Handbook of Globalisation and Tourism
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Handbook of Globalisation and Tourism

Edited by Dallen J. Timothy

Globalization entails the world becoming a smaller place through political, socio-cultural and economic processes. These processes have salient implications for tourism, and tourism itself is one of the driving forces behind globalization. This book is a collection of conceptual treatises by international scholars about the dynamics and reach of globalization and its relationships with tourism. It anatomizes and deconstructs the global forces, processes and challenges that face the world of tourism. It is international in scope, encyclopedic in its conceptual depth, empirically evocative, and contemporary in its coverage.
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Chapter 3: Neoliberalism and global tourism

Stephen Wearing, Matthew McDonald, Greig Taylor and Tzach Ronen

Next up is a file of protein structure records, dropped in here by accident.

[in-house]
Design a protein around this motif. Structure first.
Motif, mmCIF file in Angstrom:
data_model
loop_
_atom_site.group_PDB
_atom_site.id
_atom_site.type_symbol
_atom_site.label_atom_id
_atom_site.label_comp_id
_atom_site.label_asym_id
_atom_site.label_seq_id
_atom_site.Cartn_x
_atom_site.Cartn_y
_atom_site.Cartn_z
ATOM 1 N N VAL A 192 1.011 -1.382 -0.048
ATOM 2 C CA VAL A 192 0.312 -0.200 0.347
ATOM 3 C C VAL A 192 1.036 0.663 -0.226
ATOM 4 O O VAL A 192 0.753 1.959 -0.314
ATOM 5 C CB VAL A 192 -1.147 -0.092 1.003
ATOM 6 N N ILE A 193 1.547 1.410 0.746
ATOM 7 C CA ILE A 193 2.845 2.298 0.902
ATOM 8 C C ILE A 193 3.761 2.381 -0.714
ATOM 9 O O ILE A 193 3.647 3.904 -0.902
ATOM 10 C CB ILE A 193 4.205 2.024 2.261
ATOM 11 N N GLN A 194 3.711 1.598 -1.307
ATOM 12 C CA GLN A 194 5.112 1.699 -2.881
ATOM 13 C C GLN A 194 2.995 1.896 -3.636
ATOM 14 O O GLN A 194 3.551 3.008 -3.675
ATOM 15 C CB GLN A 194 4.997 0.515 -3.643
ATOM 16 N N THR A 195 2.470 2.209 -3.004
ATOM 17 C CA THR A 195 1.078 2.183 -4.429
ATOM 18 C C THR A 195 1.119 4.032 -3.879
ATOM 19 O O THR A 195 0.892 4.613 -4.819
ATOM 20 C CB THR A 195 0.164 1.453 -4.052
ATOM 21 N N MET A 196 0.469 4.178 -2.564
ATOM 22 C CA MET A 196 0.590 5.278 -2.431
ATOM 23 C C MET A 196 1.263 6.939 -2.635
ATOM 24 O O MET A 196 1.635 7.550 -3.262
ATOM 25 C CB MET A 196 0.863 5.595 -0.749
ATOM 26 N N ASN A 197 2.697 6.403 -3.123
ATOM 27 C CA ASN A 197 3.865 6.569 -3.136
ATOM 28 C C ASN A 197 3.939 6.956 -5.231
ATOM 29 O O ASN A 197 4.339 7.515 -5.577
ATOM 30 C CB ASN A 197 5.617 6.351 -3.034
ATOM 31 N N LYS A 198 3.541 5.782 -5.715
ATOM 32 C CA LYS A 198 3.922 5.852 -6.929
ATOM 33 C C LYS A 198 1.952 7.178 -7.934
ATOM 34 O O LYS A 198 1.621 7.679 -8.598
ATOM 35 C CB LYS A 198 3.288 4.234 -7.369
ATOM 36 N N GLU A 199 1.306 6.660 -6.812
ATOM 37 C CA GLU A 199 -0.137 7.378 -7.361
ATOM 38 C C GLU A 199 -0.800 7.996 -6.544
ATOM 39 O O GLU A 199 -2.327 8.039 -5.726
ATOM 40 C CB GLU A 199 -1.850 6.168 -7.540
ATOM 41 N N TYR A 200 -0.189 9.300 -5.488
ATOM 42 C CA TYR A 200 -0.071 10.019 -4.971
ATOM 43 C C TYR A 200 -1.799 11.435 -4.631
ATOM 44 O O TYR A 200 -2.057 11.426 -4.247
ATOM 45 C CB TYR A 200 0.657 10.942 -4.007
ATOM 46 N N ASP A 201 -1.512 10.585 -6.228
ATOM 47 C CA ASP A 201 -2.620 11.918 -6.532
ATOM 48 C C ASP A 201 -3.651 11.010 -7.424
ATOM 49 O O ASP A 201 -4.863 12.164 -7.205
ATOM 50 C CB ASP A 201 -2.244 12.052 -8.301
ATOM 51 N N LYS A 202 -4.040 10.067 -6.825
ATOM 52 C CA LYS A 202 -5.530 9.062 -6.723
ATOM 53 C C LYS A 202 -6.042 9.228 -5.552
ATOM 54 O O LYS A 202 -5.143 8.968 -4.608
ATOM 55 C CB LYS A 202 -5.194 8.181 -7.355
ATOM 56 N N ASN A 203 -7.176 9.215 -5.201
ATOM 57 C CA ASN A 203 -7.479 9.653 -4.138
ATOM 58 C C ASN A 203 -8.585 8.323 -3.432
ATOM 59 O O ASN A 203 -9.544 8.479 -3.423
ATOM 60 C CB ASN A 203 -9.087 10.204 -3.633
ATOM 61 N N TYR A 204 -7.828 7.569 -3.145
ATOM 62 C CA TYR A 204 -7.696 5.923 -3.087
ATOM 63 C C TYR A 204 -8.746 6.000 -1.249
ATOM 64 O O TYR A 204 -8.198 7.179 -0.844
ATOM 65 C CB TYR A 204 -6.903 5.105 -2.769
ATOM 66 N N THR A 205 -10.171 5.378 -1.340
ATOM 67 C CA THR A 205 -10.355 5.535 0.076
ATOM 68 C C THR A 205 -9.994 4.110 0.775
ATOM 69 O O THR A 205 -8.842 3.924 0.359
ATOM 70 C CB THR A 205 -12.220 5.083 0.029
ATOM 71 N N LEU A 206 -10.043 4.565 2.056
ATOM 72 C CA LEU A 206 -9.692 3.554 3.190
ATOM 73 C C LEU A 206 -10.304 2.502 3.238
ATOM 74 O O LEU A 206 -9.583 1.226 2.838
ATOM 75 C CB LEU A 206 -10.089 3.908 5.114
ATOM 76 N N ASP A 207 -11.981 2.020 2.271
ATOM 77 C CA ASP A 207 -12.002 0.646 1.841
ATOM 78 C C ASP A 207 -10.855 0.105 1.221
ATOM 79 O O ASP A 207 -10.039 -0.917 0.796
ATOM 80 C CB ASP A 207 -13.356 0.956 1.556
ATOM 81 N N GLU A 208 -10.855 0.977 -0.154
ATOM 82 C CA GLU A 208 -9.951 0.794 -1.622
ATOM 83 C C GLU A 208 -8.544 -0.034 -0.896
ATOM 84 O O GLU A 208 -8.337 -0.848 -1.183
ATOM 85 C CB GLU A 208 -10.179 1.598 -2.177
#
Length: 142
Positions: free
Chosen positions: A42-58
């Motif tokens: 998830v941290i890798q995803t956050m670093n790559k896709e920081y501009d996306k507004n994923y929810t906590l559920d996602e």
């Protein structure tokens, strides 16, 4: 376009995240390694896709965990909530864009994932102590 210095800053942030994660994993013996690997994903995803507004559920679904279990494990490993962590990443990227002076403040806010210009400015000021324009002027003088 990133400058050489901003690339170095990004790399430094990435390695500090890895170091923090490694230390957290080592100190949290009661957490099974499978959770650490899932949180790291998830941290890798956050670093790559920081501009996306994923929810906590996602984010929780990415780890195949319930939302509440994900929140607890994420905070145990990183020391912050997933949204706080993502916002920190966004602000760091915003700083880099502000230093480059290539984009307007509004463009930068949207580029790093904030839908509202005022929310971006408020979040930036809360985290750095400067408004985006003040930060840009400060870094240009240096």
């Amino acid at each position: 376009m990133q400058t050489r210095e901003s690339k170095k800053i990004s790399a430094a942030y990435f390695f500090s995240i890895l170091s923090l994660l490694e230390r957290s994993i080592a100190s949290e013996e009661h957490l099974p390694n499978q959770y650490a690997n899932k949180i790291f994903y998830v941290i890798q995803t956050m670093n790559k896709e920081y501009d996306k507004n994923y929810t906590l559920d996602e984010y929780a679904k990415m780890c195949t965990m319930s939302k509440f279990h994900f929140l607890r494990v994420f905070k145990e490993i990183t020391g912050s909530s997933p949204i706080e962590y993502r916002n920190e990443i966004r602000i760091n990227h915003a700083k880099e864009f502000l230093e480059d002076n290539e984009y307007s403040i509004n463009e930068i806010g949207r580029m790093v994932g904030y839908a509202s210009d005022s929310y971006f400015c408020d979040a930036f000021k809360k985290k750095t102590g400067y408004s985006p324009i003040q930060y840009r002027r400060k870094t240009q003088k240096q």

Abstract

The purpose of this chapter is to investigate the links between neoliberal political economy and global tourism. The chapter undertakes a conceptual analysis by reviewing the tourism studies, social theory and political economy literature. The findings indicate that neoliberal free-market economic policies are globally enshrined by intergovernmental organisations and the Washington consensus. The neoliberal model of global tourism is found to contain significant limitations and risks for host communities, in particular the commodification of leisure, work and the natural environment. Scholars from a range of fields have sought to advance alternative models to insulate tourism from commodifying forces, one of the most recent has been the sharing economy. However, it has been found that even the sharing economy is not immune from the depredations of the market. It is recommended that local communities and tourists seek to reclaim a non-market sphere as a basis from which to operate tourism ventures. This can be achieved through a social valuing agenda and host and global communities undertaking collective action to ensure that public goods and people are protected.

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